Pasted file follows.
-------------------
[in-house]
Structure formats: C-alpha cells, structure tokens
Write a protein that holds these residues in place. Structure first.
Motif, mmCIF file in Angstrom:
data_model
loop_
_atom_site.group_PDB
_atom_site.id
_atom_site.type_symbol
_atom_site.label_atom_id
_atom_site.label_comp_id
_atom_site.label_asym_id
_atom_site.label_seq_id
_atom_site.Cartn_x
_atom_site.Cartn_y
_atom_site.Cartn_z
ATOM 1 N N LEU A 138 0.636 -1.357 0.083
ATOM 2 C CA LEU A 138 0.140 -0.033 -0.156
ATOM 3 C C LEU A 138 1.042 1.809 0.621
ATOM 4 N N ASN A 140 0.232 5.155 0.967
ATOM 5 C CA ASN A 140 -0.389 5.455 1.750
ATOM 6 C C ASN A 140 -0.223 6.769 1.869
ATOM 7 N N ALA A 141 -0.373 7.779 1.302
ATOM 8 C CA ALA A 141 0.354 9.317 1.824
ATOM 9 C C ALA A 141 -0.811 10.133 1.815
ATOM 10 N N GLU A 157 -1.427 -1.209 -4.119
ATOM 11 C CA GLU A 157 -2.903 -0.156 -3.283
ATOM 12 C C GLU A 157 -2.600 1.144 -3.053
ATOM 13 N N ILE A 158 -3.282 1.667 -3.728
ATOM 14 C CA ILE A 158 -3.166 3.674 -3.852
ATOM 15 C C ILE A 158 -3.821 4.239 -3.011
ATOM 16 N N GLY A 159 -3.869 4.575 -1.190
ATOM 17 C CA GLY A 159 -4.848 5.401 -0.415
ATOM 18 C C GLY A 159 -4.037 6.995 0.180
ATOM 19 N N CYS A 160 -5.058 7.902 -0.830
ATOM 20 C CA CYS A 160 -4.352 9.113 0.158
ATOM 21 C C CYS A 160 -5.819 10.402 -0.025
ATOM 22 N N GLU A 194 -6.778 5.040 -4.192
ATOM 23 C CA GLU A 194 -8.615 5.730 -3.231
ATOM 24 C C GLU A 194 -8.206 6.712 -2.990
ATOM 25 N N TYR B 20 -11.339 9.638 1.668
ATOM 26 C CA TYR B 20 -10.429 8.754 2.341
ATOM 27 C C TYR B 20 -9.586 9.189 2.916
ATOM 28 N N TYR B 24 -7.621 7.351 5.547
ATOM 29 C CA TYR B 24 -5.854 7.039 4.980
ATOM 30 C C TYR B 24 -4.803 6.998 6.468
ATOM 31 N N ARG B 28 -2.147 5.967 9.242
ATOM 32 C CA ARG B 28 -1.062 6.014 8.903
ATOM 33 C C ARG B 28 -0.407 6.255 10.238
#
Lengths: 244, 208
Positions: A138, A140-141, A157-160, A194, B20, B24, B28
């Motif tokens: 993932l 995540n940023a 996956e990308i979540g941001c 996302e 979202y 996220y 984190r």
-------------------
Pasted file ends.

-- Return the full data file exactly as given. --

[in-house]
Structure formats: C-alpha cells, structure tokens
Write a protein that holds these residues in place. Structure first.
Motif, mmCIF file in Angstrom:
data_model
loop_
_atom_site.group_PDB
_atom_site.id
_atom_site.type_symbol
_atom_site.label_atom_id
_atom_site.label_comp_id
_atom_site.label_asym_id
_atom_site.label_seq_id
_atom_site.Cartn_x
_atom_site.Cartn_y
_atom_site.Cartn_z
ATOM 1 N N LEU A 138 0.636 -1.357 0.083
ATOM 2 C CA LEU A 138 0.140 -0.033 -0.156
ATOM 3 C C LEU A 138 1.042 1.809 0.621
ATOM 4 N N ASN A 140 0.232 5.155 0.967
ATOM 5 C CA ASN A 140 -0.389 5.455 1.750
ATOM 6 C C ASN A 140 -0.223 6.769 1.869
ATOM 7 N N ALA A 141 -0.373 7.779 1.302
ATOM 8 C CA ALA A 141 0.354 9.317 1.824
ATOM 9 C C ALA A 141 -0.811 10.133 1.815
ATOM 10 N N GLU A 157 -1.427 -1.209 -4.119
ATOM 11 C CA GLU A 157 -2.903 -0.156 -3.283
ATOM 12 C C GLU A 157 -2.600 1.144 -3.053
ATOM 13 N N ILE A 158 -3.282 1.667 -3.728
ATOM 14 C CA ILE A 158 -3.166 3.674 -3.852
ATOM 15 C C ILE A 158 -3.821 4.239 -3.011
ATOM 16 N N GLY A 159 -3.869 4.575 -1.190
ATOM 17 C CA GLY A 159 -4.848 5.401 -0.415
ATOM 18 C C GLY A 159 -4.037 6.995 0.180
ATOM 19 N N CYS A 160 -5.058 7.902 -0.830
ATOM 20 C CA CYS A 160 -4.352 9.113 0.158
ATOM 21 C C CYS A 160 -5.819 10.402 -0.025
ATOM 22 N N GLU A 194 -6.778 5.040 -4.192
ATOM 23 C CA GLU A 194 -8.615 5.730 -3.231
ATOM 24 C C GLU A 194 -8.206 6.712 -2.990
ATOM 25 N N TYR B 20 -11.339 9.638 1.668
ATOM 26 C CA TYR B 20 -10.429 8.754 2.341
ATOM 27 C C TYR B 20 -9.586 9.189 2.916
ATOM 28 N N TYR B 24 -7.621 7.351 5.547
ATOM 29 C CA TYR B 24 -5.854 7.039 4.980
ATOM 30 C C TYR B 24 -4.803 6.998 6.468
ATOM 31 N N ARG B 28 -2.147 5.967 9.242
ATOM 32 C CA ARG B 28 -1.062 6.014 8.903
ATOM 33 C C ARG B 28 -0.407 6.255 10.238
#
Lengths: 244, 208
Positions: A138, A140-141, A157-160, A194, B20, B24, B28
């Motif tokens: 993932l 995540n940023a 996956e990308i979540g941001c 996302e 979202y 996220y 984190r």